Fifteen years ago we used the words "indelible" and "unforgettable." They were the right words, of course: No one will ever forget what happened on Sept. 11, 2001.
We can still picture the moment the second plane hit, the moment the first tower crumbled into the smoke and debris, and then holding our breath, telling ourselves the other tower would hold, but suspecting -- terrified -- it wouldn't.
As indelible and unforgettable as that singular day in American and human history was, a new PBS documentary about the attack on the Pentagon reignites the visceral horror and raw, sustained grief we felt on the day itself. "9/11 Inside the Pentagon," airing Tuesday, Sept. 6, on PBS, takes viewers not only back to that day, but, as the title suggests, directly inside the building where 184 people lost their lives.
Executive producer Kirk Wolfanger has secured firsthand recollections of the day from a variety of people: Steve Carter, the assistant building manager of the Pentagon; retired Army Col. Marilyn Wills, who wears a Purple Heart on her dress; first responders Mike Regan, Alan Wallace and Ed Hannon; retired Navy Capt. William J. Toti; air traffic controller Colin Scoggins; structural engineer Leo Titus; and Washington Post reporter and author Steve Vogel.
Wills fights back tears as she details what seemed like just another day at the office until the building was rocked by an explosion and fire after American Airlines Flight 77 slammed into its side and penetrated three of its architectural rings before coming to a stop.
The attacks on the World Trade Center came out of nowhere, but because those attacks happened first, there was reason to think that attacks on federal buildings in Washington could be coming.
Wallace recalls the Pentagon fire chief suggesting that the building could be a target, because it was so large and out in the open.
Vogel tells us that when the Pentagon was built, some criticized its massive size and called it "the world's largest bombing target."
The building contains 17 miles of corridors under a 34-acre roof, and more than 20,000 people go to work there every day -- far more than the number of people who work either at the White House or the U.S. Capitol.
Flight 77 had departed from Dulles International for Los Angeles that morning, but suddenly went dark -- someone had turned off the plane's transponder as it turned around over Indiana and headed back to Washington.
"This is no navigation malfunction," Toti recalls thinking. "We knew that this was intentional from the beginning."
"Suddenly you hear a sound," he says later. "It keeps getting louder and louder and you say, is this happening?"
The impact was thunderous, sending a towering plume of black smoke into the cloudless blue sky, while jet fuel flooded the destroyed offices in and adjacent to the airliner's trajectory through the building.
That section of the building erupted in flames, smoke, chaos and darkness, the remnants of corridors filled with choking dust from pulverized drywall.
People like Wills tried to find ways out, but it was nearly impossible. The dust was so thick that she dipped her sweater in liquid she thought to be water just to keep some of the dust out of her lungs. It was jet fuel.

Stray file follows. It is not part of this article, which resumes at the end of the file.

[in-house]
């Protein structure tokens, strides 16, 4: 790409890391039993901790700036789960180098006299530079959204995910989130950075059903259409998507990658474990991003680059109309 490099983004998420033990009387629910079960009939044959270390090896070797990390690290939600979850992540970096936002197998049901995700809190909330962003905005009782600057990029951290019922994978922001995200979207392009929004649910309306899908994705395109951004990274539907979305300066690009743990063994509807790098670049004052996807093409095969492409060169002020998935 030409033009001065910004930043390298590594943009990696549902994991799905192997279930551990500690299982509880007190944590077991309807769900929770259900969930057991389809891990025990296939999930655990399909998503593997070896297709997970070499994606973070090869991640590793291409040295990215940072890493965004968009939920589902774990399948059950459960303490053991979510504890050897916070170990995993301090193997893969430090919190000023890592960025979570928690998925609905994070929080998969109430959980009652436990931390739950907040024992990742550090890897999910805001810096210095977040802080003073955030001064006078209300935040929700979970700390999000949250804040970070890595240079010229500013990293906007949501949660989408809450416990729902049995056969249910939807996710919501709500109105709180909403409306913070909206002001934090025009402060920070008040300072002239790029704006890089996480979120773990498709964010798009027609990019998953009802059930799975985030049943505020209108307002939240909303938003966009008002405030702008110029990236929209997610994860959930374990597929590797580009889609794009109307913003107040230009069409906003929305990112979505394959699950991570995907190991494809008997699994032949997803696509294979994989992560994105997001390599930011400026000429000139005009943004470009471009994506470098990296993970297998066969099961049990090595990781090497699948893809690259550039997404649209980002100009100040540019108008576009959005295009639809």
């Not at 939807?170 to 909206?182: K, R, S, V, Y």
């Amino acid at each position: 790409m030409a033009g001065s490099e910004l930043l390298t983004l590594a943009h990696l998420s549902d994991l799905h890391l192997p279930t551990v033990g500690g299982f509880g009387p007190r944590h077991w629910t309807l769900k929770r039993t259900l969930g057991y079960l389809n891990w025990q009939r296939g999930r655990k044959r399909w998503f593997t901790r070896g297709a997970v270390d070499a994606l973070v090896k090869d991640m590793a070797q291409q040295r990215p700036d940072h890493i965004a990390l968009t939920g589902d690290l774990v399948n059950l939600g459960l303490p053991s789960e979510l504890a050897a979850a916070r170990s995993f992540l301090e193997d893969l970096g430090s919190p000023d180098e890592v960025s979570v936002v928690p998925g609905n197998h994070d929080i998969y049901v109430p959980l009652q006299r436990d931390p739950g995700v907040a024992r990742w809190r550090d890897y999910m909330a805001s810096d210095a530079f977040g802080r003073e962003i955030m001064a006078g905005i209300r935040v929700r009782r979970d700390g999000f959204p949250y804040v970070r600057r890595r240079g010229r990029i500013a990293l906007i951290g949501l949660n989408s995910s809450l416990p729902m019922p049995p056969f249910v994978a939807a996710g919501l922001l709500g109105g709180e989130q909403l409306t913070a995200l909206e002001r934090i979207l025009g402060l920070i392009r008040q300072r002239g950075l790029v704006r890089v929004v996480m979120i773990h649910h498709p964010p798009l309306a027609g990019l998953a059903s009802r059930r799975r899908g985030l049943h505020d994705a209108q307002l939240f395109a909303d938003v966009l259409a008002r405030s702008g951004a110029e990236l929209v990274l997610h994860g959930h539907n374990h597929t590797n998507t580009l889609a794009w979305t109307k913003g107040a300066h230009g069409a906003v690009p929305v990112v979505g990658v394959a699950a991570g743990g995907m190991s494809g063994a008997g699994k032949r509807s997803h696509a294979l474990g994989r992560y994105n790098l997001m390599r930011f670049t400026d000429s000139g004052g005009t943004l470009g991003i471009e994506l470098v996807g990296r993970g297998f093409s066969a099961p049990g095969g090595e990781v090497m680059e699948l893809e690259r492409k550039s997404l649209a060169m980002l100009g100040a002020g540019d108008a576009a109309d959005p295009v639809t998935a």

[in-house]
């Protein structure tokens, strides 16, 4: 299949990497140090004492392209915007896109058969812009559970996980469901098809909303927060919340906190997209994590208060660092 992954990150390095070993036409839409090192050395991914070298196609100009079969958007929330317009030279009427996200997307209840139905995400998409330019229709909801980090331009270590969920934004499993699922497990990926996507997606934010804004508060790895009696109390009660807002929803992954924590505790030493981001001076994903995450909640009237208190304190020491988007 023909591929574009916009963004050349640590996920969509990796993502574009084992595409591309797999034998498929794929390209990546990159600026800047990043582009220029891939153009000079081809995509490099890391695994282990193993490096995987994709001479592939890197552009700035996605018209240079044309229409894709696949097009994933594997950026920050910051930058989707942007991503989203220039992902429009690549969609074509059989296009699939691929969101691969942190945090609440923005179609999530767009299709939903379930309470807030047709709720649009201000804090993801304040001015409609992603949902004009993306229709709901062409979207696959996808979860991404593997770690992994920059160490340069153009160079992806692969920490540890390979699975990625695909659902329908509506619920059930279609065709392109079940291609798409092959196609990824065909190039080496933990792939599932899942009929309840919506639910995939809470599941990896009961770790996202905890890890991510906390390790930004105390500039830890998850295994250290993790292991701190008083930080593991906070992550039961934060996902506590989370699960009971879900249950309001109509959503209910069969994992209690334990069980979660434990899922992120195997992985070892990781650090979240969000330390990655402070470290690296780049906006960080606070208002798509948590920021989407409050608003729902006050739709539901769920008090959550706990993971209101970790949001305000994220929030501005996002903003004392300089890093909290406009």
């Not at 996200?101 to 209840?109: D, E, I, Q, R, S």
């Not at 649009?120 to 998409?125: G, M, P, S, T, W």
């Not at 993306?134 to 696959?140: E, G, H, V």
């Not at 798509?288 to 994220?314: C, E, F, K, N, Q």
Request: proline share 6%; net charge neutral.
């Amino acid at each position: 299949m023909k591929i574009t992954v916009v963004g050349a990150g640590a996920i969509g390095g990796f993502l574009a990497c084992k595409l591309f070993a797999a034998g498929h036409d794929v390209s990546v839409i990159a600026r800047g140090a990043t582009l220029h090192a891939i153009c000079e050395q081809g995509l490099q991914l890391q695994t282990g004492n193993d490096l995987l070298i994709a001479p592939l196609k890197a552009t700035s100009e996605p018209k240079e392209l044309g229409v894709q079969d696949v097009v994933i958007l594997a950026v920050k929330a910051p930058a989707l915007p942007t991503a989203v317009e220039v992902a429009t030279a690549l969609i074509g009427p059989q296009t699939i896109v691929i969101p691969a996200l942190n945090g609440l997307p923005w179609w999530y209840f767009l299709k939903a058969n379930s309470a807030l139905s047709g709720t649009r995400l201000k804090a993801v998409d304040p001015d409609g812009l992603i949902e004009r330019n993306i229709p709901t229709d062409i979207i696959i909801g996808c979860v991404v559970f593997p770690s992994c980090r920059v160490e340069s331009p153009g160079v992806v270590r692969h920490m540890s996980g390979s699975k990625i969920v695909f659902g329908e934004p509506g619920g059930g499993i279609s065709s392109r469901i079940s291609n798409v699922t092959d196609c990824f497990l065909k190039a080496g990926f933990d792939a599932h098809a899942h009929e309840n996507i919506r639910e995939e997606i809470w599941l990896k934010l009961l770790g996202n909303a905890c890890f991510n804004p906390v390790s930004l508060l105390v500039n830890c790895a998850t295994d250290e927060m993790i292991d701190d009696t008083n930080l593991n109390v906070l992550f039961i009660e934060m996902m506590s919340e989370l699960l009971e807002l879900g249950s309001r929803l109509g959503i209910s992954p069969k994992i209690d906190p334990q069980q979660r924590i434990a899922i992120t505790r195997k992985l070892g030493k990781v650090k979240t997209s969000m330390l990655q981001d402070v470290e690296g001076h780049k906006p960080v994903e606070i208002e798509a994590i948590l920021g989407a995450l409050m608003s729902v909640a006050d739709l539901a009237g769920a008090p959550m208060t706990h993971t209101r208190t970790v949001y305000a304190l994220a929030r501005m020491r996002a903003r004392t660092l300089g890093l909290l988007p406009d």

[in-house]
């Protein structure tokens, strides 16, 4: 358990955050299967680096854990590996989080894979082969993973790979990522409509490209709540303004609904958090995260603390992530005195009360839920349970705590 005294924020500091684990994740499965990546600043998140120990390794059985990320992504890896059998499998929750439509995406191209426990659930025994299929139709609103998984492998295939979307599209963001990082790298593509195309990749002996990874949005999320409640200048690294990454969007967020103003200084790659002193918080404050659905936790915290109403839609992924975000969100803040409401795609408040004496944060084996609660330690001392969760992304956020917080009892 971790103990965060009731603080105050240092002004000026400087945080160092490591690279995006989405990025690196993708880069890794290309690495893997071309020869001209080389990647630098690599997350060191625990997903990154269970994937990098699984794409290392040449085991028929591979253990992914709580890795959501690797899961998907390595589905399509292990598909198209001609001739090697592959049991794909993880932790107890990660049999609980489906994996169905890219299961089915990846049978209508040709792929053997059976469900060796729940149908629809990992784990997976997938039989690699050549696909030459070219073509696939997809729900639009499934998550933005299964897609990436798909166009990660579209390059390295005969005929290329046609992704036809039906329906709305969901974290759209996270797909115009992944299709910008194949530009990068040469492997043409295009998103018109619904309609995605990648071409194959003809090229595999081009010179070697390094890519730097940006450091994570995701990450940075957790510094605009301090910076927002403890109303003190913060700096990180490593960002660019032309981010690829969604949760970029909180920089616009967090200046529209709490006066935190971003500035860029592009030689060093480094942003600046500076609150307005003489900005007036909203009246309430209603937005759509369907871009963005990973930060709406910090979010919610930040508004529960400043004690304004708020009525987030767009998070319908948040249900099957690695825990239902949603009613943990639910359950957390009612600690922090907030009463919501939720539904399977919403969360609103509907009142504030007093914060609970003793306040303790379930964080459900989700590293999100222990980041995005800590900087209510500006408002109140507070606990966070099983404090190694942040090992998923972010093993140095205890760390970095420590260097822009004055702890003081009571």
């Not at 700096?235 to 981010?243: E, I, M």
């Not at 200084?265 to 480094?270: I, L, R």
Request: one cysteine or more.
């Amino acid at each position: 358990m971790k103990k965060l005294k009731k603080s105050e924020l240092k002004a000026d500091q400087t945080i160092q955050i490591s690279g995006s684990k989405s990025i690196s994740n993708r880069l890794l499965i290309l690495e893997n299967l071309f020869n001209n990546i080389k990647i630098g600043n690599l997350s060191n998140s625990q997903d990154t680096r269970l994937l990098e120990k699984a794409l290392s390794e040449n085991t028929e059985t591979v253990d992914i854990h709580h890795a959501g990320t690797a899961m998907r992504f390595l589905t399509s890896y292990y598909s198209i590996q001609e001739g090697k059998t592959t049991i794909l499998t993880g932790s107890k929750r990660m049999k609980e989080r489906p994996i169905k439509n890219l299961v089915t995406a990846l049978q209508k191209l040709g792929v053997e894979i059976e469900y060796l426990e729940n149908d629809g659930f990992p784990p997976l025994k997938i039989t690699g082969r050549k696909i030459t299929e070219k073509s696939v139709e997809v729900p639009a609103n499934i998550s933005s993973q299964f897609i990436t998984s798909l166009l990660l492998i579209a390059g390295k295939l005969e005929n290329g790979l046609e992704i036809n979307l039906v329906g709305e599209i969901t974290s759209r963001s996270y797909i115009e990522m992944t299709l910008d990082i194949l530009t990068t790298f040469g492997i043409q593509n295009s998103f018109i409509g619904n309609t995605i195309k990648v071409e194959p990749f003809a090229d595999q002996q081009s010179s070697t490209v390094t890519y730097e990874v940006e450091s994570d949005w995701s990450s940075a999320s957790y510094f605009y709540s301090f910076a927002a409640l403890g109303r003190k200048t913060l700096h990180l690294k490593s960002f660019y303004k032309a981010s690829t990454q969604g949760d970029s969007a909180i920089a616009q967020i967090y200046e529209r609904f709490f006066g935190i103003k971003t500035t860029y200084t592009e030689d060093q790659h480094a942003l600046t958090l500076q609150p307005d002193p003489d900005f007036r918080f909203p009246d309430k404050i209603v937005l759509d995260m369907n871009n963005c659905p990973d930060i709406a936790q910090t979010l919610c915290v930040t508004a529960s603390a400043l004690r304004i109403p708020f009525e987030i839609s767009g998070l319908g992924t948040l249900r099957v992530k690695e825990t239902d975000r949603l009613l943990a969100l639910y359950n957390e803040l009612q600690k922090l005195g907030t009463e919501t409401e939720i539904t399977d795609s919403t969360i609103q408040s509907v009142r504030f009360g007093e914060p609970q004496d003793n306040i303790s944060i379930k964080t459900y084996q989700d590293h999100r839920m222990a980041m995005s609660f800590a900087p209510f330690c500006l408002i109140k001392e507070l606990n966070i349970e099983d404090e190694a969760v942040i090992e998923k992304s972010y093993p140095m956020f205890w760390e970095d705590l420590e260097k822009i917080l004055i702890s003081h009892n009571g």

Those who managed to escape wanted to go back in to help others, but the first responders said it was too dangerous. The lucky ones drew diagrams of the building's interior to aid the fire and rescue crews.
At one point, Carter looked up and saw a group of people pounding futilely at a window that would not break or budge: As a security effort, the building had been refitted with blast-resistant windows, which were now imprisoning and perhaps dooming survivors left inside.
Amid all the chaos, a second plane was spotted approaching the building in the distance. No one had any reason to believe it was anything other than a second suicide attack. The highest-level alert was issued for people to evacuate the building and to get 500 yards away as the plane neared, growing from a pinprick in the sky. In what must have seemed like hours, the plane came close enough for everyone to realize it was an American military jet fighter, on hand to protect the building from further attack.
Even after 15 years, the accounts of what went on in the minutes and hours after the attack are raw, terrifyingly detailed and deeply emotional. We feel the panic, the profound despair and unrelenting sadness of everyone who survived.
Hannon, injured in the rescue operation, had to go back to the building after he was released from the hospital because of the enduring emotional pain and guilt he felt at not being able to rescue more people. He thought seeing it again might help.
The documentary is graced by stories of heroism and humanity in the face of hell on Earth. The day before, Toti had written a letter requesting retirement and had left it in his superior's inbox. On his way out of the building the next day, he grabbed it and tore it up.
In spite of what appeared to be a mortal wound, the Pentagon continued to function throughout that day as it had every day before and since. Carter and others made sure the building's water, electricity and other vital systems continued to work through it all.
"The Pentagon was bruised, but it wasn't broken," he says.
In the coming days, we will see again those images of the crumbling towers and the tornado of smoke rising from the side of the Pentagon. The inside stories of people who were at the Pentagon that day offer further insight into why that day is and always should be unforgettable.
David Wiegand is an assistant managing editor and the TV critic of The San Francisco Chronicle. Follow me on Facebook. Email: firstname.lastname@example.org Twitter: @WaitWhat_TV
9/11 Inside the Pentagon: 8 p.m. Tuesday, Sept. 6, on PBS. ___
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